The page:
(Beyond Pesticides, August 7, 2006)
August 3, 2006 marked the congressionally mandated deadline for the Environmental Protection Agency’s (EPA’s) safety review of thousands of widely used pesticide products, from home lawn weed killers to insecticides used in food production. The Food Quality Protection Act (FQPA) of 1996 required EPA to review and reregister food use pesticides, and reassess the amount of residues that are allowed on food, the tolerances, specifically with children’s unique vulnerability in mind. The review includes 231 organophosphate and carbamate pesticides, known to damage the developing nervous system of fetuses, infants, and children.
On the tenth anniversary of FQPA enactment, EPA completed over 99% or 9,637 of the 9,721 tolerance reassessment decisions resulting in recommendations for the revocation of 3,200 tolerances, the modification of 1,200 tolerances, and the confirmed safety of 5,237 tolerances. The reregistration process has resulted in cancellation of nearly 4,400 individual pesticide end-use product registrations out of a current universe of 17,592.
Simultaneously, EPA announced immediate cancellation of most uses of the highly toxic chemical carbofuran, after a review that has lasted more than two decades. Thanks to public pressure and overwhelming scientific data showing harm, the agency announced yesterday its conclusion that there are considerable risks associated with carbofuran in food and drinking water, risks to pesticide applicators and risks to birds that are exposed in treated fields. The pesticide, which is sold under the name “Furadan” by FMC Corporation, is one of the most toxic pesticides to birds left on the market. It is responsible for the deaths of millions of birds and wildlife since its introduction in 1967. See more on carbofuran decision.
So, is our food supply safer and our children fully protected? A look at the neurobehavioral associations of organophosphates exposures with Attention Deficit/Hyperactivity Disorder, ADHD, a growing neurobehavioral disorder among children, suggests not. Trends available during the last 10 years show a major increase in ADHD among children. A 1999 Report of the U.S. Surgeon General on Mental Health Report states between 1.398 million (3%) and 2.330 million (5%) of school-age children had AD/HD. In 2003, Centers for Disease Control (CDC) estimates 4.4 million youth ages 4-17 have been diagnosed with ADHD and 7.8% of school-aged children were reported to have an ADHD diagnosis by their parent.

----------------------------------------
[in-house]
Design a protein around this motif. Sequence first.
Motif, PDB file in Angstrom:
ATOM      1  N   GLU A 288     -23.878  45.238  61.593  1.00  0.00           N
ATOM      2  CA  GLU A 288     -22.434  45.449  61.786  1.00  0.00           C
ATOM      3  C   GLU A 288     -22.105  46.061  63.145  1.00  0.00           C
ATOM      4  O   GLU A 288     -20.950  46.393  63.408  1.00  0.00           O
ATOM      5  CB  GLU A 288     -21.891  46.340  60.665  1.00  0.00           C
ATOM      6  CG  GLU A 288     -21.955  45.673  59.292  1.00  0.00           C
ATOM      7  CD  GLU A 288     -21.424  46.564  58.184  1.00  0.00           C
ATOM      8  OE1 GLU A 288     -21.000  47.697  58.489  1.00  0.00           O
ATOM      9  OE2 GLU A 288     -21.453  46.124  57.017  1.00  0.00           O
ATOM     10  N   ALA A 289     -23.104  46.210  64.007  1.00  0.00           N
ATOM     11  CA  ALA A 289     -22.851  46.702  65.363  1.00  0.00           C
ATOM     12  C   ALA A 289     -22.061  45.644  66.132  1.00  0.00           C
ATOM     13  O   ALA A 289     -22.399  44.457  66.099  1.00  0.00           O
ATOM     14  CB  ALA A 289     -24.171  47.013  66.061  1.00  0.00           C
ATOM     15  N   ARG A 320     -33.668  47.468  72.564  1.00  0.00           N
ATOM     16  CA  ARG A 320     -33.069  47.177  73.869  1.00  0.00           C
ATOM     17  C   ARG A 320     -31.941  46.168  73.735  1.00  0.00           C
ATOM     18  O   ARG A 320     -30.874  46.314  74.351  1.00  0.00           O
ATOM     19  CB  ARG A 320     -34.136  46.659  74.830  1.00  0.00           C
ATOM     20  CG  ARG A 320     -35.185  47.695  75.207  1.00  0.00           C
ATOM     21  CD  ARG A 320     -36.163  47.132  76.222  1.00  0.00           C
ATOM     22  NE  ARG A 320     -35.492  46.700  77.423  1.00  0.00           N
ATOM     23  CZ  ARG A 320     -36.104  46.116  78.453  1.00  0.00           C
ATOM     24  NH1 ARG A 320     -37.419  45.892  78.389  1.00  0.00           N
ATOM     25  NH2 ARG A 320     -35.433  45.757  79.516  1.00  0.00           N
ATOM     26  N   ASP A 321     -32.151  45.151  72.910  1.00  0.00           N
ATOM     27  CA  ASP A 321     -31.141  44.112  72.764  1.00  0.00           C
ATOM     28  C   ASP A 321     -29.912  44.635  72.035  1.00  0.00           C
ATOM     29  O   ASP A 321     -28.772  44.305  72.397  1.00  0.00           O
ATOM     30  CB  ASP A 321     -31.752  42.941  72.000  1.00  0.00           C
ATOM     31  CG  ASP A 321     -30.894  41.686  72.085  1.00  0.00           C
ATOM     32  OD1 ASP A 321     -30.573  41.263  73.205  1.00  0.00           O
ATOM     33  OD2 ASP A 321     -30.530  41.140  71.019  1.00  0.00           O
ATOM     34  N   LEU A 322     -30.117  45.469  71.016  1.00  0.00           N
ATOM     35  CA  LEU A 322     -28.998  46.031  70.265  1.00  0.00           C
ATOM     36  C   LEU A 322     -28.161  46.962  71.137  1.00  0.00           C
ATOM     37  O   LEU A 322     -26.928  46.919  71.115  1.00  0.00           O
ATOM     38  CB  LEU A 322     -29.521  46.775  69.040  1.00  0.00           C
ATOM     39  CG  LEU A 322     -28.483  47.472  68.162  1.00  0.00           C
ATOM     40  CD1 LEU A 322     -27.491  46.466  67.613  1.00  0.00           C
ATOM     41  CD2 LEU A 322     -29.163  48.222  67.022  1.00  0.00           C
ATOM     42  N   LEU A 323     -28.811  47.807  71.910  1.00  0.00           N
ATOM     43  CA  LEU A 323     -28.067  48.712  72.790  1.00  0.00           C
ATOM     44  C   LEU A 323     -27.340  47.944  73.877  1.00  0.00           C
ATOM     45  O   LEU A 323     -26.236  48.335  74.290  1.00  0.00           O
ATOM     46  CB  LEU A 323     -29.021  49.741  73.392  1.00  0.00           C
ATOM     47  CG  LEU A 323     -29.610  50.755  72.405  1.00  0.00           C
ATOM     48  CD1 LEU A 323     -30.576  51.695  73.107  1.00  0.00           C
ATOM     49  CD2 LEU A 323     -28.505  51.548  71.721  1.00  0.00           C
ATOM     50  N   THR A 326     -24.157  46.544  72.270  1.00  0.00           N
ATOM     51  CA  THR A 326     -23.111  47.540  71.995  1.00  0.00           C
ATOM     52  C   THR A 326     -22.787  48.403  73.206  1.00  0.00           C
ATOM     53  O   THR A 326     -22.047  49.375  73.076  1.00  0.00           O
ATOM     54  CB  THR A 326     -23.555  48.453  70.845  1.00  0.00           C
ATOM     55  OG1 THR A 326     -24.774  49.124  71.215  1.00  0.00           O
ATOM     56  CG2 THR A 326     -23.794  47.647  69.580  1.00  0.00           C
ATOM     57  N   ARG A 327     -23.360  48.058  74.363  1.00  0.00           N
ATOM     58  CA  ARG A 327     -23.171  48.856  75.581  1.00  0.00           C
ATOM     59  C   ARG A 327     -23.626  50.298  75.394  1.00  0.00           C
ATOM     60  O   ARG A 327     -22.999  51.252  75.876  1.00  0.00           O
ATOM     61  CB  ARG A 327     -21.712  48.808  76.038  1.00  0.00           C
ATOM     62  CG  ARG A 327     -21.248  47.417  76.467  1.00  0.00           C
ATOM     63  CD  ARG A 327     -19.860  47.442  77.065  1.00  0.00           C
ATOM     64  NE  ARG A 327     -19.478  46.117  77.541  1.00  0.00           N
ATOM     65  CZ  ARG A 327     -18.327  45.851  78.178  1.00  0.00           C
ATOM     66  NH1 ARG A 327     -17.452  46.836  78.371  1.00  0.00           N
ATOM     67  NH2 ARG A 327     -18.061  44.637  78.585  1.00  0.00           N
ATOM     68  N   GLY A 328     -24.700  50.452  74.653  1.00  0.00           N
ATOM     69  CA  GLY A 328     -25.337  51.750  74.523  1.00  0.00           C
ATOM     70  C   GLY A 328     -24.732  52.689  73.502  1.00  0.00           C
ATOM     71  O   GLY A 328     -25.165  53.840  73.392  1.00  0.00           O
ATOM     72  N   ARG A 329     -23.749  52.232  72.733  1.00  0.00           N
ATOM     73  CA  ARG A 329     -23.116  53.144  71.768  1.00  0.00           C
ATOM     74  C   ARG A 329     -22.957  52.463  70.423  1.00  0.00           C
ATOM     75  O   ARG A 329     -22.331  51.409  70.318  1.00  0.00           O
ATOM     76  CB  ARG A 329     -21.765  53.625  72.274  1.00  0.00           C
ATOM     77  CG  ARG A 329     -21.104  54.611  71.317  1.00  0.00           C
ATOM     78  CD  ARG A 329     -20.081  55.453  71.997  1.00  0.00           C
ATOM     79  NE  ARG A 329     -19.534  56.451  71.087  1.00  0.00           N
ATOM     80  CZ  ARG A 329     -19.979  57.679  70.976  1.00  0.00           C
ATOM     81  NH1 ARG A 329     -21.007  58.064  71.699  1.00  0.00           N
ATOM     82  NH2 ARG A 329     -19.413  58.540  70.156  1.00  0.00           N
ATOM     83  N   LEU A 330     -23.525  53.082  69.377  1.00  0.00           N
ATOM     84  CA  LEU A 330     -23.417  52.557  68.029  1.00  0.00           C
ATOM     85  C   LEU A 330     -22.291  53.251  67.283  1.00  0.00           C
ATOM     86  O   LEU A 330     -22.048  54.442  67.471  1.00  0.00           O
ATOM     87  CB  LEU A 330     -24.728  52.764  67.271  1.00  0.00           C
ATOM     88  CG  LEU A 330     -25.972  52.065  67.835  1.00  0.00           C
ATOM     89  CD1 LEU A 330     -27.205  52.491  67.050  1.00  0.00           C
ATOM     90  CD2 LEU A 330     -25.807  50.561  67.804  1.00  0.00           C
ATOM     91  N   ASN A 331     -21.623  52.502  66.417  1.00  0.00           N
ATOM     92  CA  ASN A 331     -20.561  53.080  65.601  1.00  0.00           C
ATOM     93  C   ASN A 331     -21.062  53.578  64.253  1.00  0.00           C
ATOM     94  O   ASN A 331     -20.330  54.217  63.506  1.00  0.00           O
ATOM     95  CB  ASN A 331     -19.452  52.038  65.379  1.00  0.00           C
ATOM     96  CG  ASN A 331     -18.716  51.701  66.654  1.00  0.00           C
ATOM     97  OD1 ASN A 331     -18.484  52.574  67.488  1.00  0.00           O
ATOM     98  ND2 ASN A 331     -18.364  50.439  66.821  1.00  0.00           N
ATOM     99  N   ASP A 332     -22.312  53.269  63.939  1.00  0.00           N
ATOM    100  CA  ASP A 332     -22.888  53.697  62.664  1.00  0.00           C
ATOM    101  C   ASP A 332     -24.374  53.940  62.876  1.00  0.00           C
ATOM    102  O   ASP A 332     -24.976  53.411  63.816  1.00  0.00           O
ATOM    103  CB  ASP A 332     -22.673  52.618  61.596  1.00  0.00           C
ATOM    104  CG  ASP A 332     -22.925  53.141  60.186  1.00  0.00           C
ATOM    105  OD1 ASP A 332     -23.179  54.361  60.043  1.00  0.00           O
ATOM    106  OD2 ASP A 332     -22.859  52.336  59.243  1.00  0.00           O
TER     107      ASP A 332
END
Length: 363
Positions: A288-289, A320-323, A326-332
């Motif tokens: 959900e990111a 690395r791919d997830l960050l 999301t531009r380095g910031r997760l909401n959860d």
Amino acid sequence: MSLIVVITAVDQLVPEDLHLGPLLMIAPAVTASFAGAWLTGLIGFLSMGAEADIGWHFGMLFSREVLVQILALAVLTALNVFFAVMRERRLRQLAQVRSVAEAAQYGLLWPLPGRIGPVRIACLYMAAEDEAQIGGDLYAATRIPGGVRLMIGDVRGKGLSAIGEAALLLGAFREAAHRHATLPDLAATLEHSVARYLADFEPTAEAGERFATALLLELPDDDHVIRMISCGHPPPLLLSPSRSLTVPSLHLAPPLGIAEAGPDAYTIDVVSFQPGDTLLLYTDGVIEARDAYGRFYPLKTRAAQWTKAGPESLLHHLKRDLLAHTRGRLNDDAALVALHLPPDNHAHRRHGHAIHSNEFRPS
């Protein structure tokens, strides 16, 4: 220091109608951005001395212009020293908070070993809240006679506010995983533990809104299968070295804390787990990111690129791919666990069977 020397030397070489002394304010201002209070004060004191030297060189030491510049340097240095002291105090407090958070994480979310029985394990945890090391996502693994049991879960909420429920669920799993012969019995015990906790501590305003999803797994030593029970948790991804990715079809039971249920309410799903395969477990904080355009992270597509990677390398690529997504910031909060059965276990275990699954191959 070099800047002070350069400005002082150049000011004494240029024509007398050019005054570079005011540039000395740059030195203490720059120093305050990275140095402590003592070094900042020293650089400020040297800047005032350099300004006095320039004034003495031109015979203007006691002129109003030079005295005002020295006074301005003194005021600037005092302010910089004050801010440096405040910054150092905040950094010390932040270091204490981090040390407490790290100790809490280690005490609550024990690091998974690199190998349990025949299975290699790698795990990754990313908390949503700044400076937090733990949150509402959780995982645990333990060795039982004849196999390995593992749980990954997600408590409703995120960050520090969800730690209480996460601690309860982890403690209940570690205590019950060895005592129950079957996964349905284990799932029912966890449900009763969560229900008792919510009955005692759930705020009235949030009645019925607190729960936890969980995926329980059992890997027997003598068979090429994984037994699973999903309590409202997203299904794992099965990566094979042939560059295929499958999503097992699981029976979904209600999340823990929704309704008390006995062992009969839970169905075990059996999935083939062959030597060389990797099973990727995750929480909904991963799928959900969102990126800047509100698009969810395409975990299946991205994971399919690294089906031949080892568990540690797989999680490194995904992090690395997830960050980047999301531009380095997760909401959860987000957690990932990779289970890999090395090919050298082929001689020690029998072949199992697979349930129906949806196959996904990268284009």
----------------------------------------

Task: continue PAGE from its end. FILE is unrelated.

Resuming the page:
Scientific studies link exposure to certain common organophosphate pesticides, such as carbaryl ‚Äì a pesticide found on the shelves of retail stores as well as in agriculture – to adverse cognitive and behavioral effects in mice and other subjects. Research by Dr. Warren Porter, a researcher at University of Wisconsin, has shown that even low levels of pesticide exposure can cause endocrine disruption, which can lead to learning disabilities. Another study published in the March 2003 issue of Nature Genetics demonstrates a clear genetic link between exposure to organophosphate pesticides and neurological disorders such as ADHD and gulf war syndrome. A 2002 peer-reviewed study found children born to parents exposed to glyphosate (Roundup) show a higher incidence of attention deficit disorder and hyperactivity (ADD and ADHD). In 1995/96, glyphosate ranked as the second most used active ingredient in non-agricultural settings, with five to seven million pounds used in the home and garden and nine to twelve million pounds used in commercial settings.
On August 4, the Environmental Protection Agency’s (EPA) Office of Inspector General (IG) issued an evaluation report of the Office of Pesticide Programs (OPP), entitled Measuring the Impact of the Food Quality Protection Act: Challenges and Opportunities, in time for EPA’s deadline. The report found that EPA has “made progress” in implementing the requirements of the FQPA, but that OPP has primarily measured its success and the impact of FQPA by adherence to its registration schedule rather than by reductions in risk to children’s health. It went on to say that the “measures used by OPP generally indicate actions taken, instead of environmental or human health outcomes achieved.” Whether this is because OPP is less focused and interested in keeping track of human health outcomes is unclear, as is the degree to which it has been engaged in achieving such outcomes.
On August 2, the New York Times reported on recent actions of Unions representing 9000 of EPA’s own staff scientists, “We are concerned that the agency has not, consistent with its principles of scientific integrity and sound science, adequately summarized or drawn conclusions” about the chemicals. The EPA scientists, also charge that EPA’s Administrator is willfully ignoring evidence that “pesticides damage the developing nervous systems of fetuses, infants and children,” and are calling on EPA to cancel the registrations of 20 pesticides in the organophosphate and carbamate chemical family. See May 24, 2006 letter by EPA scientists.
“EPA’s pesticide program allows corporate chemical company interests to trump science, putting the public and environment in harm’s way,” said Jay Feldman, executive director of Beyond Pesticides, a national public interest group.
Beyond Pesticides and other environmental and public health organizations identify a series of deficiencies in EPA’s review of pesticides, calling into question the safety of commonly used products.
EPA plans to complete reregistration eligibility decisions for the remaining 47 non-food use pesticide reregistration cases by October 3, 2008, as required by the 2004 amendments to FIFRA contained in the Pesticide Registration Improvement Act (PRIA).